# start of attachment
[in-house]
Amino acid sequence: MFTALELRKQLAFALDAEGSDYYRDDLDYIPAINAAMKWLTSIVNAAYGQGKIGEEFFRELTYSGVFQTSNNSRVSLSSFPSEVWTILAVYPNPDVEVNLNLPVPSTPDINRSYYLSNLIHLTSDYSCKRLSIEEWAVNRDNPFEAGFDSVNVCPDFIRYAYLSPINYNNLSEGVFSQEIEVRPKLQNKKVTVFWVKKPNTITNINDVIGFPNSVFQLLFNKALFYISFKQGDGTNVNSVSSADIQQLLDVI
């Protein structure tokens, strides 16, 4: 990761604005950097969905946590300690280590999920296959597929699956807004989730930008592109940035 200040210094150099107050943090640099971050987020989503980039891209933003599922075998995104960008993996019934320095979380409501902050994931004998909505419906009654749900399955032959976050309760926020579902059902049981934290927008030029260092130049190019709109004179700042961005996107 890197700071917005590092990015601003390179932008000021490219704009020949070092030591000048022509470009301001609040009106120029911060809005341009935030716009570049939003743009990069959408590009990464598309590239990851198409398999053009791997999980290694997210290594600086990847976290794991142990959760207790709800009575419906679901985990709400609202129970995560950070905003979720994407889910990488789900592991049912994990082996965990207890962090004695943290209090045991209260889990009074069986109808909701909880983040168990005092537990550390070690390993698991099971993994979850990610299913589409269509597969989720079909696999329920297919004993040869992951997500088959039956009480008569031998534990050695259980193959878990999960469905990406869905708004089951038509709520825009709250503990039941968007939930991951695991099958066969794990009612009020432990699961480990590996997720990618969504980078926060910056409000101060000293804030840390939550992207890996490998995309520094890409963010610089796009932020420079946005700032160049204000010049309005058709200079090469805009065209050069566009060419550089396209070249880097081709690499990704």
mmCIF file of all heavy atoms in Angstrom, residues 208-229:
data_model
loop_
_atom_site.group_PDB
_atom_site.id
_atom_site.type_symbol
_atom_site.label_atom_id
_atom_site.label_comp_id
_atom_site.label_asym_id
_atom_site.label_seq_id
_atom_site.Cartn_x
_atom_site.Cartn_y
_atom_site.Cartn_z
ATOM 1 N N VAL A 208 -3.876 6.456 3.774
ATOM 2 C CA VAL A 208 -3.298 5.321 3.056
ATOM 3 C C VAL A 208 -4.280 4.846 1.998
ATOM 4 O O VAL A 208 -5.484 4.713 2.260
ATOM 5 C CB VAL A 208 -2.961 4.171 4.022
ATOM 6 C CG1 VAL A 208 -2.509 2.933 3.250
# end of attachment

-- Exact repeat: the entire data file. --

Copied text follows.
[in-house]
Amino acid sequence: MFTALELRKQLAFALDAEGSDYYRDDLDYIPAINAAMKWLTSIVNAAYGQGKIGEEFFRELTYSGVFQTSNNSRVSLSSFPSEVWTILAVYPNPDVEVNLNLPVPSTPDINRSYYLSNLIHLTSDYSCKRLSIEEWAVNRDNPFEAGFDSVNVCPDFIRYAYLSPINYNNLSEGVFSQEIEVRPKLQNKKVTVFWVKKPNTITNINDVIGFPNSVFQLLFNKALFYISFKQGDGTNVNSVSSADIQQLLDVI
């Protein structure tokens, strides 16, 4: 990761604005950097969905946590300690280590999920296959597929699956807004989730930008592109940035 200040210094150099107050943090640099971050987020989503980039891209933003599922075998995104960008993996019934320095979380409501902050994931004998909505419906009654749900399955032959976050309760926020579902059902049981934290927008030029260092130049190019709109004179700042961005996107 890197700071917005590092990015601003390179932008000021490219704009020949070092030591000048022509470009301001609040009106120029911060809005341009935030716009570049939003743009990069959408590009990464598309590239990851198409398999053009791997999980290694997210290594600086990847976290794991142990959760207790709800009575419906679901985990709400609202129970995560950070905003979720994407889910990488789900592991049912994990082996965990207890962090004695943290209090045991209260889990009074069986109808909701909880983040168990005092537990550390070690390993698991099971993994979850990610299913589409269509597969989720079909696999329920297919004993040869992951997500088959039956009480008569031998534990050695259980193959878990999960469905990406869905708004089951038509709520825009709250503990039941968007939930991951695991099958066969794990009612009020432990699961480990590996997720990618969504980078926060910056409000101060000293804030840390939550992207890996490998995309520094890409963010610089796009932020420079946005700032160049204000010049309005058709200079090469805009065209050069566009060419550089396209070249880097081709690499990704």
mmCIF file of all heavy atoms in Angstrom, residues 208-229:
data_model
loop_
_atom_site.group_PDB
_atom_site.id
_atom_site.type_symbol
_atom_site.label_atom_id
_atom_site.label_comp_id
_atom_site.label_asym_id
_atom_site.label_seq_id
_atom_site.Cartn_x
_atom_site.Cartn_y
_atom_site.Cartn_z
ATOM 1 N N VAL A 208 -3.876 6.456 3.774
ATOM 2 C CA VAL A 208 -3.298 5.321 3.056
ATOM 3 C C VAL A 208 -4.280 4.846 1.998
ATOM 4 O O VAL A 208 -5.484 4.713 2.260
ATOM 5 C CB VAL A 208 -2.961 4.171 4.022
ATOM 6 C CG1 VAL A 208 -2.509 2.933 3.250